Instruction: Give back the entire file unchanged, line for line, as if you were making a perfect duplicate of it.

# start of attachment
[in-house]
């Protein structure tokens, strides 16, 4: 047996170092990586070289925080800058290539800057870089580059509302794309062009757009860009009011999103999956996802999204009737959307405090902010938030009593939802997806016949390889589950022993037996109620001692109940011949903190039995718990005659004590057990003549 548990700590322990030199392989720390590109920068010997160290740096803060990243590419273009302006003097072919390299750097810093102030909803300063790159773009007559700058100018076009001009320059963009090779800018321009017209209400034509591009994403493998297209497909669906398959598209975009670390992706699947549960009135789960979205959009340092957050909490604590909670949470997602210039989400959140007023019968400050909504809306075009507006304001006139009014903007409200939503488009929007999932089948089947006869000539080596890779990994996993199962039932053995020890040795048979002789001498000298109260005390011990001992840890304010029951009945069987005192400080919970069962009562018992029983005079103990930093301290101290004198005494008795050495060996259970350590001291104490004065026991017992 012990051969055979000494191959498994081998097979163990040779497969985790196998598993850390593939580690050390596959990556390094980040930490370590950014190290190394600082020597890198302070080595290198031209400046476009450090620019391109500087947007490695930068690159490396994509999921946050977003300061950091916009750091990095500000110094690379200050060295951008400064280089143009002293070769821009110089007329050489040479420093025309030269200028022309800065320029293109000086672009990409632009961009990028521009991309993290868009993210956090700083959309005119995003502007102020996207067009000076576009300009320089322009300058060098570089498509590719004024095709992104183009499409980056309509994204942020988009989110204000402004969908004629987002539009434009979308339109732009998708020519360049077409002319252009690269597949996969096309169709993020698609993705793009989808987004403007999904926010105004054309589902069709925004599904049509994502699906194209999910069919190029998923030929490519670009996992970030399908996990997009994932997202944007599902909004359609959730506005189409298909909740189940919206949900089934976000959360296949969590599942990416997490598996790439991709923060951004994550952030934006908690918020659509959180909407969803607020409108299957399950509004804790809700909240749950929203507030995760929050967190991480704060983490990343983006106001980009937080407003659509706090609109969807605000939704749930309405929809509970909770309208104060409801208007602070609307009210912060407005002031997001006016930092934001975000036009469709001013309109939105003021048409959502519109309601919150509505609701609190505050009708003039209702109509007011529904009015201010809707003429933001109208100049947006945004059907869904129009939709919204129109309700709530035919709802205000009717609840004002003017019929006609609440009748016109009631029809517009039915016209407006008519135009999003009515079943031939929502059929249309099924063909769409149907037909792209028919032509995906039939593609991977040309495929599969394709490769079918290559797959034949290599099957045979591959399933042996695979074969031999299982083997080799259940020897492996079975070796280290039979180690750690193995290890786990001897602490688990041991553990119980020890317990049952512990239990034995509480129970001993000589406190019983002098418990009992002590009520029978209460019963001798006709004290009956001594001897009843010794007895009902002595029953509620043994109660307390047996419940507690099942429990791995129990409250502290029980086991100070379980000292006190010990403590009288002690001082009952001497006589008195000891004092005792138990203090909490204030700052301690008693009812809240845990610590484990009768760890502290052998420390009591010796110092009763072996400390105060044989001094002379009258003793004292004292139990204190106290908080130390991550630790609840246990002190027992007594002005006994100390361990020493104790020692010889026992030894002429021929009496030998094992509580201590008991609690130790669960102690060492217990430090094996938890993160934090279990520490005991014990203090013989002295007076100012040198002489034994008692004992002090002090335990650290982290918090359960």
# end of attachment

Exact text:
[in-house]
């Protein structure tokens, strides 16, 4: 047996170092990586070289925080800058290539800057870089580059509302794309062009757009860009009011999103999956996802999204009737959307405090902010938030009593939802997806016949390889589950022993037996109620001692109940011949903190039995718990005659004590057990003549 548990700590322990030199392989720390590109920068010997160290740096803060990243590419273009302006003097072919390299750097810093102030909803300063790159773009007559700058100018076009001009320059963009090779800018321009017209209400034509591009994403493998297209497909669906398959598209975009670390992706699947549960009135789960979205959009340092957050909490604590909670949470997602210039989400959140007023019968400050909504809306075009507006304001006139009014903007409200939503488009929007999932089948089947006869000539080596890779990994996993199962039932053995020890040795048979002789001498000298109260005390011990001992840890304010029951009945069987005192400080919970069962009562018992029983005079103990930093301290101290004198005494008795050495060996259970350590001291104490004065026991017992 012990051969055979000494191959498994081998097979163990040779497969985790196998598993850390593939580690050390596959990556390094980040930490370590950014190290190394600082020597890198302070080595290198031209400046476009450090620019391109500087947007490695930068690159490396994509999921946050977003300061950091916009750091990095500000110094690379200050060295951008400064280089143009002293070769821009110089007329050489040479420093025309030269200028022309800065320029293109000086672009990409632009961009990028521009991309993290868009993210956090700083959309005119995003502007102020996207067009000076576009300009320089322009300058060098570089498509590719004024095709992104183009499409980056309509994204942020988009989110204000402004969908004629987002539009434009979308339109732009998708020519360049077409002319252009690269597949996969096309169709993020698609993705793009989808987004403007999904926010105004054309589902069709925004599904049509994502699906194209999910069919190029998923030929490519670009996992970030399908996990997009994932997202944007599902909004359609959730506005189409298909909740189940919206949900089934976000959360296949969590599942990416997490598996790439991709923060951004994550952030934006908690918020659509959180909407969803607020409108299957399950509004804790809700909240749950929203507030995760929050967190991480704060983490990343983006106001980009937080407003659509706090609109969807605000939704749930309405929809509970909770309208104060409801208007602070609307009210912060407005002031997001006016930092934001975000036009469709001013309109939105003021048409959502519109309601919150509505609701609190505050009708003039209702109509007011529904009015201010809707003429933001109208100049947006945004059907869904129009939709919204129109309700709530035919709802205000009717609840004002003017019929006609609440009748016109009631029809517009039915016209407006008519135009999003009515079943031939929502059929249309099924063909769409149907037909792209028919032509995906039939593609991977040309495929599969394709490769079918290559797959034949290599099957045979591959399933042996695979074969031999299982083997080799259940020897492996079975070796280290039979180690750690193995290890786990001897602490688990041991553990119980020890317990049952512990239990034995509480129970001993000589406190019983002098418990009992002590009520029978209460019963001798006709004290009956001594001897009843010794007895009902002595029953509620043994109660307390047996419940507690099942429990791995129990409250502290029980086991100070379980000292006190010990403590009288002690001082009952001497006589008195000891004092005792138990203090909490204030700052301690008693009812809240845990610590484990009768760890502290052998420390009591010796110092009763072996400390105060044989001094002379009258003793004292004292139990204190106290908080130390991550630790609840246990002190027992007594002005006994100390361990020493104790020692010889026992030894002429021929009496030998094992509580201590008991609690130790669960102690060492217990430090094996938890993160934090279990520490005991014990203090013989002295007076100012040198002489034994008692004992002090002090335990650290982290918090359960």